The Haunting of Hill House was my Halloween read this year, even though I didn’t read much of it on the actual day. Something I love about books from this sort of period is the amount of booze consumed in a casual sort of way. Worried the house is evil? Never mind, have a brandy! It seemed there was a time where a drink solved everything. Or maybe it just helps to distract you from the ghosts…

It’s not a very scary book though. The only time I got a bit creeped out was because I was reading on the bus and then had to walk down the road in the dark and fog on quite a cold evening. The haunting manifests itself in cold spots in the book, so clearly it managed to latch on to one bit of my brain.

I did enjoy it though, more as a period piece about an odd group of people staying in an isolated house. There was a point where I did start to wonder if it were all in Eleanor’s mind; which is scarier, ghosts that can’t harm you or being terrified by your own mind?

I wanted to read You’re Never Weird on the Internet on the basis that I quite like Felicia’s tweets rather than being a huge fan of her work. However you’ll be glad to know the book is worth reading on its own merit. There’s plenty of the kind of material you’d expect in a memoir, told in a friendly and amusing voice, but more importantly it gives a little slice of recent history: one girl’s experience of growing up alongside the internet and video games.

Felicia’s just a couple of years older than me, so whilst I wasn’t on the same sites as her, it’s still a time I can recognise. Remember the sound of dial-up signalling a connection to the outside world? A home-schooled, somewhat weird child, Felicia found a world she could belong to online. The book follows her life through to the point she starts The Guild. The final chapter touches a little on #GamerGate and it’s rather saddening to think that a world that was once so welcoming to Felicia, has become threatening in places.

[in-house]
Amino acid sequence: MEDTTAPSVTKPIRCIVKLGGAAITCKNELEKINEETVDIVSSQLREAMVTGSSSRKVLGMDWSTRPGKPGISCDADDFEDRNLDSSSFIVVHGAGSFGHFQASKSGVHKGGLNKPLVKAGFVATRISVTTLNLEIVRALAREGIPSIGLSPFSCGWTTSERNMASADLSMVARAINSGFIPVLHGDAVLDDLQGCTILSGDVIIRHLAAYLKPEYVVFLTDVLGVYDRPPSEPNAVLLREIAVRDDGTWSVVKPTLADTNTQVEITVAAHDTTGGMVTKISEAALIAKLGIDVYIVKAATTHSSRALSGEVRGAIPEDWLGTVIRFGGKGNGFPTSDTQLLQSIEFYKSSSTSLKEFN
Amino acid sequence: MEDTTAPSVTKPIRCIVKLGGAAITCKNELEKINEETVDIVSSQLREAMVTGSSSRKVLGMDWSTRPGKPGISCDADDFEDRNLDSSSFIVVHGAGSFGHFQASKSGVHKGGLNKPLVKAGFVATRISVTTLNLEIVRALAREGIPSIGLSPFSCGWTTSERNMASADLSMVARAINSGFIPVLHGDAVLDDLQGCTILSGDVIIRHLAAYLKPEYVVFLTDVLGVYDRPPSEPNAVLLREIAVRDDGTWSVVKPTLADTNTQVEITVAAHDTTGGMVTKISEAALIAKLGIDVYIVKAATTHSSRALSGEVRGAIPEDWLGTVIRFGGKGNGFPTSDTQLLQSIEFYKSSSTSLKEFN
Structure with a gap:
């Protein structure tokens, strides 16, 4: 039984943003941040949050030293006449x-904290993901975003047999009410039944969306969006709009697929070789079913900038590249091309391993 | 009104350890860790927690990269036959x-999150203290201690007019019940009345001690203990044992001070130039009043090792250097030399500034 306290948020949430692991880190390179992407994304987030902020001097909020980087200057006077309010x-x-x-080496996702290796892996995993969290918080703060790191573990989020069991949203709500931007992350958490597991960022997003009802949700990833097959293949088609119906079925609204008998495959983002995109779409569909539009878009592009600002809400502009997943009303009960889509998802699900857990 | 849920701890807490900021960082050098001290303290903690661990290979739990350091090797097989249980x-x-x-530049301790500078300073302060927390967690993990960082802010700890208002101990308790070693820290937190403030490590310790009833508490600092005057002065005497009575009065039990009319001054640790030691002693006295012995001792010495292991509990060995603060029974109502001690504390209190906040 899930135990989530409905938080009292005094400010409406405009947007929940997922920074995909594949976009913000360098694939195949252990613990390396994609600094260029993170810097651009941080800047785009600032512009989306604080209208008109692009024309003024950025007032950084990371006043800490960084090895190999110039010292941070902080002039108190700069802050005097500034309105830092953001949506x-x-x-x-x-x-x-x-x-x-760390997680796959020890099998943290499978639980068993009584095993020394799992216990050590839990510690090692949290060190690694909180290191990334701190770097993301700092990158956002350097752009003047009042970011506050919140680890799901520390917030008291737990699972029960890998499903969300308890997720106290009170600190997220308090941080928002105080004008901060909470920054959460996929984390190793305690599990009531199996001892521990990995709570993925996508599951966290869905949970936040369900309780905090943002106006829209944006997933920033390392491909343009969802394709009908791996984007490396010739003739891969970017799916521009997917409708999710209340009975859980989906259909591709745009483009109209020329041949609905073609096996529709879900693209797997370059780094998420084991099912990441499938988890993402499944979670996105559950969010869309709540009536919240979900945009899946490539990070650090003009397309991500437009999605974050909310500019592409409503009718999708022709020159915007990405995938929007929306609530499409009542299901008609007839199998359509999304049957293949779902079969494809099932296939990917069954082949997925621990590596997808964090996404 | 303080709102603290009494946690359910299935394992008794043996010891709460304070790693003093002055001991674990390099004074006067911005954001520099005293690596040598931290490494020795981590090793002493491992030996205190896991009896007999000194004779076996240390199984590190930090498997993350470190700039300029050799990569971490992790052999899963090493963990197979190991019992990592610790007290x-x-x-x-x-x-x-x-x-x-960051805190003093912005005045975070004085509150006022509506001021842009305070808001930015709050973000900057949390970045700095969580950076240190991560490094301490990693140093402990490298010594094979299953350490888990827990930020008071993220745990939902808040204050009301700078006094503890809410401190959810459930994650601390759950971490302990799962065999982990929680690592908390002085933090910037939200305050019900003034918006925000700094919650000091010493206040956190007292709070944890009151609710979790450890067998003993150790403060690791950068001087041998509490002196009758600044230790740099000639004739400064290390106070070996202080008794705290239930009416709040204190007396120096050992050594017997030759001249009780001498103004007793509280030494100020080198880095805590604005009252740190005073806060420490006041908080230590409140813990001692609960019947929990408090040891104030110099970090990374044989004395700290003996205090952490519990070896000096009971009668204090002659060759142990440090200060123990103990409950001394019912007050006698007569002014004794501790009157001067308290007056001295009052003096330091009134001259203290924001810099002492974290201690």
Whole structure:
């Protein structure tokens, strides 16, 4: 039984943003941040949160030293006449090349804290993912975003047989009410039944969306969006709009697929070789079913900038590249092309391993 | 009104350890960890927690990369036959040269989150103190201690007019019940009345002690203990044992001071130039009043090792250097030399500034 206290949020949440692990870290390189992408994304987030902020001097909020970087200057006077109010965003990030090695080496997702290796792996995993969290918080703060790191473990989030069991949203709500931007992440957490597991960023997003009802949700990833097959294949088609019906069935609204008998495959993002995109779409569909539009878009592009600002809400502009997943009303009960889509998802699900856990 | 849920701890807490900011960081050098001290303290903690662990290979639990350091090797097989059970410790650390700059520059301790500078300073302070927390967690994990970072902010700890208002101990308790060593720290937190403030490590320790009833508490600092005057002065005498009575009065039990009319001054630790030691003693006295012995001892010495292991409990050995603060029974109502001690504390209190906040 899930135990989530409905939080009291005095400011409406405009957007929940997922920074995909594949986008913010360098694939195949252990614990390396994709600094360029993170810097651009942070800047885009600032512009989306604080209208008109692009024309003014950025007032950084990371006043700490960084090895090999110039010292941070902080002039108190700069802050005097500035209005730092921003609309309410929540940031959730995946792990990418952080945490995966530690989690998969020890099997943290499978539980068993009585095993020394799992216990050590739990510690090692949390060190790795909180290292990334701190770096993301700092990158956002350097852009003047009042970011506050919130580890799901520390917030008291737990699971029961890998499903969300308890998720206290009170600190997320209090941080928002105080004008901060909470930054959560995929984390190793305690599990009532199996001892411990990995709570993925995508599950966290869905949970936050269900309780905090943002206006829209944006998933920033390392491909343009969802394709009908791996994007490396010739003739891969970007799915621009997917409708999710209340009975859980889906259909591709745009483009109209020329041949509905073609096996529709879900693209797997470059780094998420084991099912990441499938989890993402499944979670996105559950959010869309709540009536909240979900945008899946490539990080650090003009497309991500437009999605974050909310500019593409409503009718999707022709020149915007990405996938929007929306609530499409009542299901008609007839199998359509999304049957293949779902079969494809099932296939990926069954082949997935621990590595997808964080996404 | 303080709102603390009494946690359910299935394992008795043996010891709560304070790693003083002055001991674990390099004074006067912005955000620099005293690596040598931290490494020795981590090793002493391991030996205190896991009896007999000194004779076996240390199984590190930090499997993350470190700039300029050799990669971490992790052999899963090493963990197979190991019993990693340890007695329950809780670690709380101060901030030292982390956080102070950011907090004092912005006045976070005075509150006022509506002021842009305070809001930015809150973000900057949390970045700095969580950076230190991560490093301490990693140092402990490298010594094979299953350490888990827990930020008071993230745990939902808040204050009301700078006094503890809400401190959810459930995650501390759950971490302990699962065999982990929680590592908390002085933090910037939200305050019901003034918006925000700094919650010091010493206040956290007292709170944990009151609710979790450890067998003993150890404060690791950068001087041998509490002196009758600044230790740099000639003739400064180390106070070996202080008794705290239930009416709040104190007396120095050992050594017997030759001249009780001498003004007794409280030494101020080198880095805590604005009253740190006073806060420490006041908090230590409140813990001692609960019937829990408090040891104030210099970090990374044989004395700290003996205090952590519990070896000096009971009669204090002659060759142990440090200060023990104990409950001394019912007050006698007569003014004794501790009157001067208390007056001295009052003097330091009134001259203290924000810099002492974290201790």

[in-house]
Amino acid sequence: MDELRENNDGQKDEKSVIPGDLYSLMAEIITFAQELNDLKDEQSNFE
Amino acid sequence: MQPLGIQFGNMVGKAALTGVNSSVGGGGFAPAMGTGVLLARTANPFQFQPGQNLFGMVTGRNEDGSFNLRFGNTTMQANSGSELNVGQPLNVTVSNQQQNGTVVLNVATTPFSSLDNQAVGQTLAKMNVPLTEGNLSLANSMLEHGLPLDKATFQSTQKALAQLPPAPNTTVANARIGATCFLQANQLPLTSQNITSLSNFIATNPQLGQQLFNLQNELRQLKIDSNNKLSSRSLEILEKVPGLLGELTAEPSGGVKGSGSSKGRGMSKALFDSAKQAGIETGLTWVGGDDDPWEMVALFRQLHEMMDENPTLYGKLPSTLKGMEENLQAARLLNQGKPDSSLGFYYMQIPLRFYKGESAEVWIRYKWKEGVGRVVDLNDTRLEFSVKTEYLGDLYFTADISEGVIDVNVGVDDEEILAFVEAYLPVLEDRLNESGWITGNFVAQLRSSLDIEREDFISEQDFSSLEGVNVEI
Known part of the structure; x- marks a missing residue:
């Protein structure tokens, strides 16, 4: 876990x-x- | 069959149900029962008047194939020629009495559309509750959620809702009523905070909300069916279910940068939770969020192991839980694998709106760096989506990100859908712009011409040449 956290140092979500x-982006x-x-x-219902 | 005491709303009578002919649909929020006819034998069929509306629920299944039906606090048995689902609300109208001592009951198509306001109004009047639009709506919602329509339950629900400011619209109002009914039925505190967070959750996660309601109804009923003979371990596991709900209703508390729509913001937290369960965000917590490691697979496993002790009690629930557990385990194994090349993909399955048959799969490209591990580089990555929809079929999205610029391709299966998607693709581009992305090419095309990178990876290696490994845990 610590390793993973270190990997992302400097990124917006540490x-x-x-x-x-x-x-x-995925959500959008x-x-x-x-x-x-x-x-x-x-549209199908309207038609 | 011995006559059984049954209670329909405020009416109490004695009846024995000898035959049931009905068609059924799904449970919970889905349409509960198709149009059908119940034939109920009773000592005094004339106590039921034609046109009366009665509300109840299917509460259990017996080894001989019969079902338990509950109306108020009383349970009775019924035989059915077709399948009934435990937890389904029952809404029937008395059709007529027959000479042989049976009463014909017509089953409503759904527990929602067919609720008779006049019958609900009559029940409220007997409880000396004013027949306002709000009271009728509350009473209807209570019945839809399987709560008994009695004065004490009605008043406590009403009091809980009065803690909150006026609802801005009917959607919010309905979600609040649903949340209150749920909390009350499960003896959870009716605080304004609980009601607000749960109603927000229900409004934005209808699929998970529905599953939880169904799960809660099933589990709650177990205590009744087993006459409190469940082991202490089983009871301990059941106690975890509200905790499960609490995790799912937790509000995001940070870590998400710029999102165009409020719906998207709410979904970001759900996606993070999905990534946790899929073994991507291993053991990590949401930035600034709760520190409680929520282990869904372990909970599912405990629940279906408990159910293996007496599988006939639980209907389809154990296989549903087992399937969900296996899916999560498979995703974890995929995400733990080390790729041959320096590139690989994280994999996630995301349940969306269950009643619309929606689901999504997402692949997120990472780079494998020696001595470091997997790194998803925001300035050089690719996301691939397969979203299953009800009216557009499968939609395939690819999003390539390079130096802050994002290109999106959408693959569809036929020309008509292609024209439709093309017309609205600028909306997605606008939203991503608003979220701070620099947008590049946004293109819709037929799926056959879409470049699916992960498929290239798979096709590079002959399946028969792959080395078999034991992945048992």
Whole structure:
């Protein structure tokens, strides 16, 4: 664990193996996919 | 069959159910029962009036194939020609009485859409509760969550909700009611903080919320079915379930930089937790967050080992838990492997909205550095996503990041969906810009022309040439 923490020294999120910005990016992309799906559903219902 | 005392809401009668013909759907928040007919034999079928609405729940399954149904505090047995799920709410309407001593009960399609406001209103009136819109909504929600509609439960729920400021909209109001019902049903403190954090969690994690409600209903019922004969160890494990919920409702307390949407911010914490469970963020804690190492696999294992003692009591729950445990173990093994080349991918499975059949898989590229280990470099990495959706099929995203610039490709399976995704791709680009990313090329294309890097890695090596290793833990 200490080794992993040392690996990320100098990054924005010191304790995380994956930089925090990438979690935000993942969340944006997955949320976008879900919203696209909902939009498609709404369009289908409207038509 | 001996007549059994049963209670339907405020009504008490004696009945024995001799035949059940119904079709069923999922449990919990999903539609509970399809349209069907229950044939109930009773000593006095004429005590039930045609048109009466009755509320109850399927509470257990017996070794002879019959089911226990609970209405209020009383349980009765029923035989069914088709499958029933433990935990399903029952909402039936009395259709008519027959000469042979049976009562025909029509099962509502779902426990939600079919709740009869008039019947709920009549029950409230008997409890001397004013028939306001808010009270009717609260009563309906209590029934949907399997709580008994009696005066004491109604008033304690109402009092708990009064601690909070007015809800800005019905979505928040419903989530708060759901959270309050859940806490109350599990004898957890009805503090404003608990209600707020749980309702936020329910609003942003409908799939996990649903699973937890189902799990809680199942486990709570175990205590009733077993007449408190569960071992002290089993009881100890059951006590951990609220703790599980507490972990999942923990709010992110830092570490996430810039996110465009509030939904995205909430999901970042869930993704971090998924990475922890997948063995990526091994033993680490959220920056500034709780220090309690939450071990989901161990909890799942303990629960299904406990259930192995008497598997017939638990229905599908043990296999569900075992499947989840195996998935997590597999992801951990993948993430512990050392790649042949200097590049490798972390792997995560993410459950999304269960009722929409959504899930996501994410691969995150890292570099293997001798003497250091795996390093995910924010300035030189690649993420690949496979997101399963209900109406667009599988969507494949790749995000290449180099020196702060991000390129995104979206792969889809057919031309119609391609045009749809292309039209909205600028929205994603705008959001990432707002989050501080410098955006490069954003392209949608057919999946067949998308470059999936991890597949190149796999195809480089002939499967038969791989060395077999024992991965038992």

Sometimes I like to dip in the fluffier end of chick-lit for a light read now and then. So when I saw that Step Back in Time also had time travel, it went straight on my wishlist. When Jo-Jo is hit by a car crossing a zebra crossing on Kings Road, she wakes up in 1963. She’s still her but she has another life back in the past, and weirdly Harry and Ellie, from her present, are there too. Then it happens again and again, with Jo-Jo time-hopping through the decades.

If you don’t think too closely about the logic of it all, it’s a fun read. It did suffer a bit from over-explaining the references to music and culture. And Jo-Jo is forever referring to the year 2013 like we might have forgotten she’s time travelling. There’s a lot of Beatles references going on, I’m not sure if it would be more enjoyable or just irritating if you’re a big fan of the band. Overall it relies a lot on the music to define each decade she lives in, I’d have liked a bit more variety in the nostalgia.

I’m not sure what else I can say about Saga that I haven’t mentioned before. I recently read volume five which didn’t disappoint. If you’re looking to get into comics and want a diverse space opera with snark and emotion (and don’t mind a bit of illustrated sex or nudity), get yourself volume one right now.

Book Sources: Bought / Gifted